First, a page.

Measuring progress, not perfection, is a key component to becoming a successful runner.
A sometimes difficult concept to master for a lot of runners is the idea of measuring progress and not perfection. It happens to the best of us — we wake up one morning and think to ourselves, “I’m going to start running today.” Or, “I think I’ll run really far today.” And sometimes maybe even “I’m going to get faster today.”
Those thoughts are all well and good, and the idea behind the goals is certainly admirable. Where the trouble comes in, though, is the classic runner’s folly of flawed thinking that faster — or farther — is always better.
I can assure you it is not. Particularly when it’s not defined within a long-term goal or training plan.
Running 101: Progress not Perfection | Enjoy the Journey
Running fast every time you run, or running farther than is necessary to achieve your goals, is the exact opposite of what most runners should be doing. Doing so can result in a multitude of issues no runner wants including burnout, exhaustion, overtraining, and even injury.
Most often, it’s the slower runs that benefit us the most. Do you remember the post when we talked about building a base? Those slow runs are the ones that build the foundation of all running for the duration of your training cycle. Slow isn’t just applicable to speed, either. Slowly building your mileage will benefit you tenfold rather than just winging it on a 20-mile run one day because you “feel good.”
But training is a slow process and it can be mentally draining to run training run after training run and not achieve the exact result you were aiming for. I get it completely. I’ll use a personal example. I recently ran 15+ miles. It was slow and cumbersome. And frankly, I really didn’t feel all that great. In the aftermath, I dealt with extremely sore calves and quads, which is a sensation I’ve not felt in at least a year.
I was disappointed with this run. Why? Because I was expecting it to feel much easier than it did, and I certainly had no intention of being sidelined with extreme muscle soreness for days after. I was expecting it to be, for lack of a better word, perfect. And it wasn’t.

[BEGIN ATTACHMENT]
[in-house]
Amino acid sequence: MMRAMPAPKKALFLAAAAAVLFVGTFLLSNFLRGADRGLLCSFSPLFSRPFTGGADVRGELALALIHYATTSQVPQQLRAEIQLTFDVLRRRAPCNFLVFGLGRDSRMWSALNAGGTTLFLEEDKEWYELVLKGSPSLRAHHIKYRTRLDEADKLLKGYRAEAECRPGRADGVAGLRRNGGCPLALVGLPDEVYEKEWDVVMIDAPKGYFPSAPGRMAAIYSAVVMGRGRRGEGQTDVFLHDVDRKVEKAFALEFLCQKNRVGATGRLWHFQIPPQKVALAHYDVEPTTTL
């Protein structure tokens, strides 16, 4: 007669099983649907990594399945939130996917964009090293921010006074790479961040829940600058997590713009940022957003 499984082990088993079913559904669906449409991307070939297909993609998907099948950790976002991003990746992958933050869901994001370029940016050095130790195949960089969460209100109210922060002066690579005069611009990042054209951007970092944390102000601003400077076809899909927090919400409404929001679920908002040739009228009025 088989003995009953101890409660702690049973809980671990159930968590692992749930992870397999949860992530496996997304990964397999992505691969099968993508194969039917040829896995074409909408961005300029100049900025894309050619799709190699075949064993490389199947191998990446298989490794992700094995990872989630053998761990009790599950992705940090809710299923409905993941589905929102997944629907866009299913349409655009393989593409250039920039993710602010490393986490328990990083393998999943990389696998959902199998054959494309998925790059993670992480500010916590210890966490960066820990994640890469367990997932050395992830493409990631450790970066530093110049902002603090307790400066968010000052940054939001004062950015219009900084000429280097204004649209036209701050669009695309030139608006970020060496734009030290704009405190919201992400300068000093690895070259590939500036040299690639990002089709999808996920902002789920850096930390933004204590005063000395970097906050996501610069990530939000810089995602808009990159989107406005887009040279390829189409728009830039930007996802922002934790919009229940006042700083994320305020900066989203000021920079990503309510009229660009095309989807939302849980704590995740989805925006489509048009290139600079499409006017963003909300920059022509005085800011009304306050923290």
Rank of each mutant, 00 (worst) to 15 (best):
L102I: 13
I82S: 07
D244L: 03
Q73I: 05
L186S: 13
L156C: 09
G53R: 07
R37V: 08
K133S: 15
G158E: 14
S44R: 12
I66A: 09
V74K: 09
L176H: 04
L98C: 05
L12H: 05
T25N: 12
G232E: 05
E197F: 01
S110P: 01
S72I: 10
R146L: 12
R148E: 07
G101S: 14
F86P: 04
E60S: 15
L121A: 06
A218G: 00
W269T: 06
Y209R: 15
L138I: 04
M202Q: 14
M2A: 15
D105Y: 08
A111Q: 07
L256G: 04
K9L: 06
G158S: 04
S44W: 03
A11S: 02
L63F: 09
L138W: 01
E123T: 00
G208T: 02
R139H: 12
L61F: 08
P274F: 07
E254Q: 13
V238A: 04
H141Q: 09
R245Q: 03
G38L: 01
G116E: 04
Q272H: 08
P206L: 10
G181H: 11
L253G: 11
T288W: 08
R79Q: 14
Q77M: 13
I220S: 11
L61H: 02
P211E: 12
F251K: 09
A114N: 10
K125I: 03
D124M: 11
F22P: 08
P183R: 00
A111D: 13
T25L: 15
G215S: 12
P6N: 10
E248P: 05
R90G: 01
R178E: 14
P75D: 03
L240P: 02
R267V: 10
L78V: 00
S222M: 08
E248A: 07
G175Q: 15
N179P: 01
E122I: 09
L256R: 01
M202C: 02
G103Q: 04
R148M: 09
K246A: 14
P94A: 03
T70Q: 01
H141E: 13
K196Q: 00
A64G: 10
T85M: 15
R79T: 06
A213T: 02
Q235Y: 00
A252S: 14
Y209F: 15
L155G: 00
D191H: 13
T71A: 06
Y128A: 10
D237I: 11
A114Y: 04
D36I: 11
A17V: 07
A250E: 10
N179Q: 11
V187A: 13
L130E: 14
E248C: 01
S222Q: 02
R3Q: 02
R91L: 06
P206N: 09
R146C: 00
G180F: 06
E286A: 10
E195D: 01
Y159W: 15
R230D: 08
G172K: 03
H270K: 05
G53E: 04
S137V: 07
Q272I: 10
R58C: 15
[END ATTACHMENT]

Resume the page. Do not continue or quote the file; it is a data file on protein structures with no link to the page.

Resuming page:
Did I make the mistake of increasing mileage too quickly, or running too fast? In my case, no. I’ve been building my mileage slowly, and I certainly wasn’t fast. But it was my longest run of this calendar year. The route was also intensely hilly — much hillier than I run on a day-to-day basis. Looking back, it’s really no wonder I was sore for a few days afterward.
And despite my feeling not-so-amazing about the run itself, and experiencing intense soreness, in retrospect there was definite progress made during this run. I increased my miles and I got stronger by running a challenging route. Both wins in my book.
The moral of my anecdote? Part of the magic of running is learning how to adjust our expectations of ourselves and flip the script. We’re not going to nail every training run. Some days we’ll feel terrible and pray for the run to end quickly. Yet other days we’ll feel fast and free, and truly be able to run happy. The trick is to see the magic in all our runs — the mundane training runs, the hilly ones, the fast ones, the long runs… and yes, the races, too.
If you feel like you’ve gotten stuck in a rut of disappointment, I’ve got a few tips and tricks you can use to remember the magic in the progress.
How to enjoy the progress of your running journey:
- Find a running plan you think you can stick to and check off each run you complete.
- Repeat the mantra “progress not perfection” on days you’re struggling.
- Celebrate the days everything clicks and feels perfect!
- Keep a running journal to record how you felt, your pace, your mileage. Then, compare your runs from a couple weeks ago to see how much you’ve progressed.
- Work with a running coach you feel comfortable having candid conversations with to gauge how you’re doing and reflect on your progress and opportunities for growth.
It takes introspection, and some may argue many years of running as well, to truly measure a run or training cycle by progress instead of perfection. With some practice and guidance from family and friends, or a trusted coach, we can all find the peace of making progress with our athletic endeavors.
Is measuring perfection a top priority for you?
If not, how did you figure out the best way to measure your progress?